Esta situación pone a Bolivia, que exporta sólo a través de ductos, en una posición muy distinta de hace cinco años, cuando se proyectaba como el centro de distribución regional. Se lo acaba de describir a Morales su propia Cámara de Hidrocarburos (CBH): detectan “un fuerte contraste entre el crecimiento del GNL en barcos metaneros a los centros de demanda de Sudamérica y el estancamiento de exportación de gas natural boliviano en gasoductos”. De la gran red que Hugo Chávez y Morales prometían tejer en toda Sudamérica con Argentina como punta de lanza, hoy no queda ni la intención diplomática. Las zozobras de La Paz y Buenos Aires, el pragmatismo de Caracas y los recelos de Brasilia, Santiago y Montevideo han podido más. “La apuesta por un proceso de integración por gasoductos, que tuvo un crecimiento explosivo en la capacidad de transporte internacional incorporada entre 1998 y 2002, de los 19,1 MMmcd a 105,8 MMmcd -advierte la CBH- ha llegado al estancamiento”. “El incumplimiento de contratos por parte de Argentina y Bolivia, el estancamiento de la inversión y la poca confiabilidad mostrada parecen haber postergado el apetito de los importadores regionales, para nuevos proyectos de integración intrarregional” por gasoductos, apunta la CBH.
Monday, May 24, 2010
Lunes, 24 Mayo 2010
Sucre 24 mayo (AN-YPFB).- Con la presencia del Vicepresidente del Estado Plurinacional de Bolivia, Álvaro García Linera, Yacimientos Petrolíferos Fiscales Bolivianos (YPFB Corporación), inauguró...
Mind you, building and running gas stations is expensive and not that profitable. Gas stations that handle thousands of gallons of fuel, and are poorly run can be easy pickings for theft. YPFB started getting out of that business about 18 years ago, due to the corruption and drain of resources itf was for the State. Ask most Bolivians about the quantum leap in quality and service provided by private gas stations - from the ones the State ran, or for that matter from the ones it is running now.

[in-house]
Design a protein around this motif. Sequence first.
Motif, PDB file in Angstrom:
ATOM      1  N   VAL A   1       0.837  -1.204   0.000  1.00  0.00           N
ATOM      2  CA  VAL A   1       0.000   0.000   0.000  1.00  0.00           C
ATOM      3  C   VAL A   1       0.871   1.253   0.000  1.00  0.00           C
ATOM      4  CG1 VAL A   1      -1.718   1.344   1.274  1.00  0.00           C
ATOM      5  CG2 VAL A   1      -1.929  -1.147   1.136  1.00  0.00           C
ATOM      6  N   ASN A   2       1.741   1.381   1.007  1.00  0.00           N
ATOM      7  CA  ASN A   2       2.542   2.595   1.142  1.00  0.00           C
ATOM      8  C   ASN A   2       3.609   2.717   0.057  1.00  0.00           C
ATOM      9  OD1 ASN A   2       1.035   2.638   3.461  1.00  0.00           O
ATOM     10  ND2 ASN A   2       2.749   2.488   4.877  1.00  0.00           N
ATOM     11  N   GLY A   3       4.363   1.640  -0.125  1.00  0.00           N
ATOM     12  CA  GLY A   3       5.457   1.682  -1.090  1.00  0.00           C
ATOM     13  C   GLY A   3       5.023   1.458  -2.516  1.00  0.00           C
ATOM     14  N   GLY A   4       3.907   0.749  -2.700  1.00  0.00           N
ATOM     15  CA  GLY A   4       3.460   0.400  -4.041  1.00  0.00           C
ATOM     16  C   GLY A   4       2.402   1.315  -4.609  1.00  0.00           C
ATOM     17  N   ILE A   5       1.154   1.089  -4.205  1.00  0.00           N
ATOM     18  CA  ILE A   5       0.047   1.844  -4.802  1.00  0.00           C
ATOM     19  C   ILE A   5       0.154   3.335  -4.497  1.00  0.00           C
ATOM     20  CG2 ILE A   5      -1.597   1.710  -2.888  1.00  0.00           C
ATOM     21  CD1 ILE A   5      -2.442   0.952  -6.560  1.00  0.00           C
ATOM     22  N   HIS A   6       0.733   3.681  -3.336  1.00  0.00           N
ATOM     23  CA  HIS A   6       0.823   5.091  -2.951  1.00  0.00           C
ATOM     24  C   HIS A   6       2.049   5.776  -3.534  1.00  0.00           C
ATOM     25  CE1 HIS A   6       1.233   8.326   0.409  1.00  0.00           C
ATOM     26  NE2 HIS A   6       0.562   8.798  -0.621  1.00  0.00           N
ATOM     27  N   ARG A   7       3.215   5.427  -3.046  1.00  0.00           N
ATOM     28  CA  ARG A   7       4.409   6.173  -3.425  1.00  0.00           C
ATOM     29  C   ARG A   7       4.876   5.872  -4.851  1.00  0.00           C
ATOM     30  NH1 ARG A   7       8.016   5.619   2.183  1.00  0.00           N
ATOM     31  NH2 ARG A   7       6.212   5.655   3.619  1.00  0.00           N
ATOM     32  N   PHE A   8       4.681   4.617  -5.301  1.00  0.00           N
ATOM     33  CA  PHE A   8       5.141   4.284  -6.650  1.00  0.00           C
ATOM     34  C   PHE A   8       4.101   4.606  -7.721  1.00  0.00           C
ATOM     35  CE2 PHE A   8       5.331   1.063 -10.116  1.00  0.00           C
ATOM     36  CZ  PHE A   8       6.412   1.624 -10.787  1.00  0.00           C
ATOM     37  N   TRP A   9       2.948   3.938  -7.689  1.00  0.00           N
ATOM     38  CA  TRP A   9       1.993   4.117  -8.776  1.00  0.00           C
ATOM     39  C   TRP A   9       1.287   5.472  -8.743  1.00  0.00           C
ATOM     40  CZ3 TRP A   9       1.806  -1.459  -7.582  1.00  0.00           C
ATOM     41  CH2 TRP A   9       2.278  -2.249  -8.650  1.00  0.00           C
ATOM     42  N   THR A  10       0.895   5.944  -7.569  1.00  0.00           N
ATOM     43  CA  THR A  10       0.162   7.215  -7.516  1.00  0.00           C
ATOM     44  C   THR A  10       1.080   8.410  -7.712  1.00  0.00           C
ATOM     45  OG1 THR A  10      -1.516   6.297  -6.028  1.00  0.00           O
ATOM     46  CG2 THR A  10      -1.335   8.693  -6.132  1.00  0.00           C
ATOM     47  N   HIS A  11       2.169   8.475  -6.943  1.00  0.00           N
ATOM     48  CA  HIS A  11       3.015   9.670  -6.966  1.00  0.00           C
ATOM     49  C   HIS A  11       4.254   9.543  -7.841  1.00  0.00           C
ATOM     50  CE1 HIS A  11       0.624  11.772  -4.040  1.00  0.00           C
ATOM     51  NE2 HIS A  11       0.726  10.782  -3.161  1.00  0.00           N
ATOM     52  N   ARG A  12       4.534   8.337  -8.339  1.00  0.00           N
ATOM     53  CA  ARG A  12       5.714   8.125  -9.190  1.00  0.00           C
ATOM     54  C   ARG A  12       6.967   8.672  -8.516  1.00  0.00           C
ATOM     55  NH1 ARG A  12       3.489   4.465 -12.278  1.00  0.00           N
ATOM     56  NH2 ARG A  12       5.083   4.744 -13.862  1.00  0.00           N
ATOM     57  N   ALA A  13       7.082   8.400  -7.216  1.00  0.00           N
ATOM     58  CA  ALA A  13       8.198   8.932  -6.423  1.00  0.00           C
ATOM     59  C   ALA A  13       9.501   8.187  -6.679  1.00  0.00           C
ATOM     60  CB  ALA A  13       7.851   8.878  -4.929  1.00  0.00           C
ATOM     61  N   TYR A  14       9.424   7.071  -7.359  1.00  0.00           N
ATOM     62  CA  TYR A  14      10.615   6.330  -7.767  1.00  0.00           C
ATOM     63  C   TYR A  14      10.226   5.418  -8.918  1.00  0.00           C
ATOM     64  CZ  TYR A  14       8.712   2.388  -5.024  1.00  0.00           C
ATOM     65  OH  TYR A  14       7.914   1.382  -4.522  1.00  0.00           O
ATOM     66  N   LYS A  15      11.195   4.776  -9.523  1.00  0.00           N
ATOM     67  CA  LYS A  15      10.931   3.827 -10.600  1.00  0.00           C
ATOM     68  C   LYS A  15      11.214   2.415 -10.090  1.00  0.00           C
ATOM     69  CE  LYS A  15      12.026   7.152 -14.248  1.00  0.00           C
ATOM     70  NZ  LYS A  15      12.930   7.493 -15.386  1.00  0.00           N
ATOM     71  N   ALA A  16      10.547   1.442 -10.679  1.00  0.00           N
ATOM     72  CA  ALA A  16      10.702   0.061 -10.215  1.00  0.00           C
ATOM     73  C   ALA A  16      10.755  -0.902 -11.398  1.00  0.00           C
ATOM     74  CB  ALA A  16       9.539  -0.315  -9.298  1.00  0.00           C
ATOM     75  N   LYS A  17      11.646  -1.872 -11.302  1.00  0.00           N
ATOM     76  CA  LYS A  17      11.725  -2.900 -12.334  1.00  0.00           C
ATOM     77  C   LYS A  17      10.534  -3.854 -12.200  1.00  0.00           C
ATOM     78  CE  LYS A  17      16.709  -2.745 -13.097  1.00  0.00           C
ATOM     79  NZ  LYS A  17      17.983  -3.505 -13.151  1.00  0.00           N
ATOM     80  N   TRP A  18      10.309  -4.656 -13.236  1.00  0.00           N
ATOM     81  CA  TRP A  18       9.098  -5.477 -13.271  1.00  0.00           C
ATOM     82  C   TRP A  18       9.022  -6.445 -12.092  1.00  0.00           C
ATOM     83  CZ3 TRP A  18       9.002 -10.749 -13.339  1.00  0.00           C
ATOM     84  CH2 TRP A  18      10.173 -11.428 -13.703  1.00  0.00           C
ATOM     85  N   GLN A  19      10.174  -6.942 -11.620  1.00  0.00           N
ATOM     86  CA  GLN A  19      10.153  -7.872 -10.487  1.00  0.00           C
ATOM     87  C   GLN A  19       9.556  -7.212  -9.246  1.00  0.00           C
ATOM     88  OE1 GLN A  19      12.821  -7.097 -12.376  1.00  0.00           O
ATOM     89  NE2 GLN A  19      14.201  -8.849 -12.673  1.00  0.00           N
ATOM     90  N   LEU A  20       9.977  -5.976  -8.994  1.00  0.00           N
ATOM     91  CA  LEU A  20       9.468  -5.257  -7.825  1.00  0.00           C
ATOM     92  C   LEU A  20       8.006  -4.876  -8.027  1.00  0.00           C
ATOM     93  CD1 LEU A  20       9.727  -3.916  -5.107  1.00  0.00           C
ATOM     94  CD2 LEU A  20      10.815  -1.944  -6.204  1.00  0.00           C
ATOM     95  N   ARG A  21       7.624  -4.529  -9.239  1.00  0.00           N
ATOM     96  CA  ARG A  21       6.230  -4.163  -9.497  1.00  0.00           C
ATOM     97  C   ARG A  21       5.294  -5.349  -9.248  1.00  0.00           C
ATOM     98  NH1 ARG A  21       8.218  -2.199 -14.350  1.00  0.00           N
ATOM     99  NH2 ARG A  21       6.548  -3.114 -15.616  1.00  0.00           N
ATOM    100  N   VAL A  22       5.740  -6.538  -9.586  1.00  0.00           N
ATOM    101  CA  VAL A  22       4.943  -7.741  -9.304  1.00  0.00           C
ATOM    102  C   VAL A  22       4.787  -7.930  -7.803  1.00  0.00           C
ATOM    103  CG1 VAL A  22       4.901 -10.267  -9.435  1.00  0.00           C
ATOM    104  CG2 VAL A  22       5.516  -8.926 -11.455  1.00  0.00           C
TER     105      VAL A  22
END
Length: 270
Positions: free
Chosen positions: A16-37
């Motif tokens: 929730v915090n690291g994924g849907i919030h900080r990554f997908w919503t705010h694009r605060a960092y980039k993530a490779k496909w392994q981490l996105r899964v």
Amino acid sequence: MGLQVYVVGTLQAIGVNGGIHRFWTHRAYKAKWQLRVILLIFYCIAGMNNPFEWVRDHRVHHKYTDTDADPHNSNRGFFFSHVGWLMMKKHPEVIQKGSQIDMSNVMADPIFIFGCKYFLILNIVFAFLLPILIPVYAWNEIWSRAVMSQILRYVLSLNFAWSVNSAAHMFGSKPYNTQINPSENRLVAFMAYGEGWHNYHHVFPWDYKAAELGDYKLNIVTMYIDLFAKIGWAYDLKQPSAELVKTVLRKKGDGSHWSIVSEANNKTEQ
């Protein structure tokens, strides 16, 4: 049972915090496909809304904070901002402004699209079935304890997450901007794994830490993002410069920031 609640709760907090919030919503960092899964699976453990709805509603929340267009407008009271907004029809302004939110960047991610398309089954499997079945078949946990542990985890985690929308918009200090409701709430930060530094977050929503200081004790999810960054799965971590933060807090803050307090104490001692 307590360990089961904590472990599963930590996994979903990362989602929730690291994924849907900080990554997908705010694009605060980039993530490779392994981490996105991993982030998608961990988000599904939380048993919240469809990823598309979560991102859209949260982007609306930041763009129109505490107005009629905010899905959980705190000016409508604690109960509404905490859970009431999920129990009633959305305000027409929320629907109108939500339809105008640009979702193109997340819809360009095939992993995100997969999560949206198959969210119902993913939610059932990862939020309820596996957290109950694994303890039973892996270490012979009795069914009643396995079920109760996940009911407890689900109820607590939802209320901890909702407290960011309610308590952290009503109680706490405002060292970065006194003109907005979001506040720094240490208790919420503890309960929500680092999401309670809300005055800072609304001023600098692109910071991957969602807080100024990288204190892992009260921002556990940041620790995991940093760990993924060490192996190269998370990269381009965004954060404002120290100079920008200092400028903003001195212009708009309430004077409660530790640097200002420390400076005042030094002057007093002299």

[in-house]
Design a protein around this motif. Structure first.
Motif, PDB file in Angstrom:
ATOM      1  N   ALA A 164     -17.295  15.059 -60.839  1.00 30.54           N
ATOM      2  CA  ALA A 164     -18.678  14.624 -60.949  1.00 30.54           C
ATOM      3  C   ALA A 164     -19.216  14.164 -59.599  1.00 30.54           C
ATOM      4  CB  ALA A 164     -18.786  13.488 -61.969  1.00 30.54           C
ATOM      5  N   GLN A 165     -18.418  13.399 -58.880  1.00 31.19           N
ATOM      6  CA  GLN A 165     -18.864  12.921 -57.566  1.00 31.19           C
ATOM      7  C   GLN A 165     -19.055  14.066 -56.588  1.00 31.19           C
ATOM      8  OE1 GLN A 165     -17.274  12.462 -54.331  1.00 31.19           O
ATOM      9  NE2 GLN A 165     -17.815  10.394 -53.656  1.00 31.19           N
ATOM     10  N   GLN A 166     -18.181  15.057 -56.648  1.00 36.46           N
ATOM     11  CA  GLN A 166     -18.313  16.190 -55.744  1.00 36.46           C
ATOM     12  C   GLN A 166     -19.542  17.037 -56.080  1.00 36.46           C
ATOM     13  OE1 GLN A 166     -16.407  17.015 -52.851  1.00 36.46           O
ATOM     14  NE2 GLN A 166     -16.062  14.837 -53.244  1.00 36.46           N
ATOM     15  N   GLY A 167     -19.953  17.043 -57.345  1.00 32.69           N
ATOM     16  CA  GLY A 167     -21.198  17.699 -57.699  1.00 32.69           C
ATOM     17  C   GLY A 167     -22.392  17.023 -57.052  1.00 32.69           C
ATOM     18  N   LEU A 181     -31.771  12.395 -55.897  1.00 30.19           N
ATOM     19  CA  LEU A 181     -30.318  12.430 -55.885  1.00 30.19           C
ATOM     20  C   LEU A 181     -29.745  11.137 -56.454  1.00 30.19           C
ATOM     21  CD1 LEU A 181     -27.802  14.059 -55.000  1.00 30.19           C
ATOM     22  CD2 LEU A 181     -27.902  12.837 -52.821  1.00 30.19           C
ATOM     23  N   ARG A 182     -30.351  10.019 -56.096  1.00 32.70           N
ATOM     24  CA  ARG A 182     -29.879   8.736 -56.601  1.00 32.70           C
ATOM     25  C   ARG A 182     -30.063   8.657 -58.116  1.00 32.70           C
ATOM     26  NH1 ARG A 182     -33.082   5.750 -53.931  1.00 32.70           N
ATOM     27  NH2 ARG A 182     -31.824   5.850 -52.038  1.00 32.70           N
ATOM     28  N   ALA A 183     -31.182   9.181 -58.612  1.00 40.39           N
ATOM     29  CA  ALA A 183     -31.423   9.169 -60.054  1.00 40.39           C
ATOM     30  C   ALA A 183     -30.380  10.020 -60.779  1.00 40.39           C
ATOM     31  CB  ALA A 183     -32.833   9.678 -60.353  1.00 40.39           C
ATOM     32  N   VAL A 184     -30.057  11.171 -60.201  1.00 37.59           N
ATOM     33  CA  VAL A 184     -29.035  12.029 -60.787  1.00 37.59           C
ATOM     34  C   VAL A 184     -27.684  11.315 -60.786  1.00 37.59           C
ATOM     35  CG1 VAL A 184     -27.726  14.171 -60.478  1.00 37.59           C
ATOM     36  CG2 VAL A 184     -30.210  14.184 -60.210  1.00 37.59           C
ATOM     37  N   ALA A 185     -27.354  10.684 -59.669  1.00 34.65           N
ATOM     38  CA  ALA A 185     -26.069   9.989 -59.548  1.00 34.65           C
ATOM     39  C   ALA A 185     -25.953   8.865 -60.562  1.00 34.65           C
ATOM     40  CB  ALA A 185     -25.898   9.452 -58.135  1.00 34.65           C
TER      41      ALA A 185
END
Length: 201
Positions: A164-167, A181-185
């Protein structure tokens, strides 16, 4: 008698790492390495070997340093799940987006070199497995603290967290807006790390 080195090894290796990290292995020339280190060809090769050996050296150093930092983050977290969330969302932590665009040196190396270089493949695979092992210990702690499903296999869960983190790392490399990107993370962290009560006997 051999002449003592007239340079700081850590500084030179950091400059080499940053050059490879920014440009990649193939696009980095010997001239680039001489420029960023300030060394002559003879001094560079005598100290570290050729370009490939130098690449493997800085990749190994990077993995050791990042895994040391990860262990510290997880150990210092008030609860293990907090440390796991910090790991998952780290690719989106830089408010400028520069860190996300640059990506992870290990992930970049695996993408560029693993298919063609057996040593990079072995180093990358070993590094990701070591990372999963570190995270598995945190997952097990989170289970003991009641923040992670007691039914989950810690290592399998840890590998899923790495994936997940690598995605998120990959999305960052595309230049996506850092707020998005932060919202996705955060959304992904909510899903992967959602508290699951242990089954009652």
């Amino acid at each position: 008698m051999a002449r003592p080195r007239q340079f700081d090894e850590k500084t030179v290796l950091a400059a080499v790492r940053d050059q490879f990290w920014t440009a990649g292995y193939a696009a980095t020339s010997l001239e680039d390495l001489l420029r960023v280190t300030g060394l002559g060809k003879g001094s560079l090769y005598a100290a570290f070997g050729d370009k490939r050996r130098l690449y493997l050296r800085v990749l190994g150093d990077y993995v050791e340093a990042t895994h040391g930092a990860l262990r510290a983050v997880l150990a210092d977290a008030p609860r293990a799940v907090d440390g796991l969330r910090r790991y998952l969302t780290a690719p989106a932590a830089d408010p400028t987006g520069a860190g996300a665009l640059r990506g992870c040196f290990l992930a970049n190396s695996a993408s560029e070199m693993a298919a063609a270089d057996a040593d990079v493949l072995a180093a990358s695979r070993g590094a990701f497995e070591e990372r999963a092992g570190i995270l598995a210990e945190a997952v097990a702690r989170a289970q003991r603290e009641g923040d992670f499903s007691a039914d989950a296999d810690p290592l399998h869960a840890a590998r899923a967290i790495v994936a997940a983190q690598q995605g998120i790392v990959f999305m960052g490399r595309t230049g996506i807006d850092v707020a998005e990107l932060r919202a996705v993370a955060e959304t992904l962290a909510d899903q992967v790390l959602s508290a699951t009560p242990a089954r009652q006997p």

EDIT - Bolivian oil expert Carlos Miranda, has a good piece on what a disaster it is that YPFB is opening gas stations. It can be seen as a new "nationalization" of the sector, since private stations will now have to compete with the state monopoly with sole control of fuel production and distribution. Making matters worse is that Evo's government destroyed the regulatory agency, repsonsible for regulating the sector.
Estimado lector tengo dos noticias, una mala y la otra peor. La mala. YPFB está retornado a la venta de combustibles al por menor. Para operar ha reparado estaciones de servicio y está construyendo nuevas. Continuará con esta política hasta llegar al control de esa actividad. Así cerraría el círculo petrolero estatizante desde la exploración hasta la venta en surtidores.
La venta al detalle es una actividad totalmente boliviana. Pequeños empresarios que han invertido cerca de $us 200 millones y son dueños de más de cuatrocientas estaciones. Por eso el gobierno y YPFB han tenido un poco de pudor y no se animan a decir que las van a nacionalizar.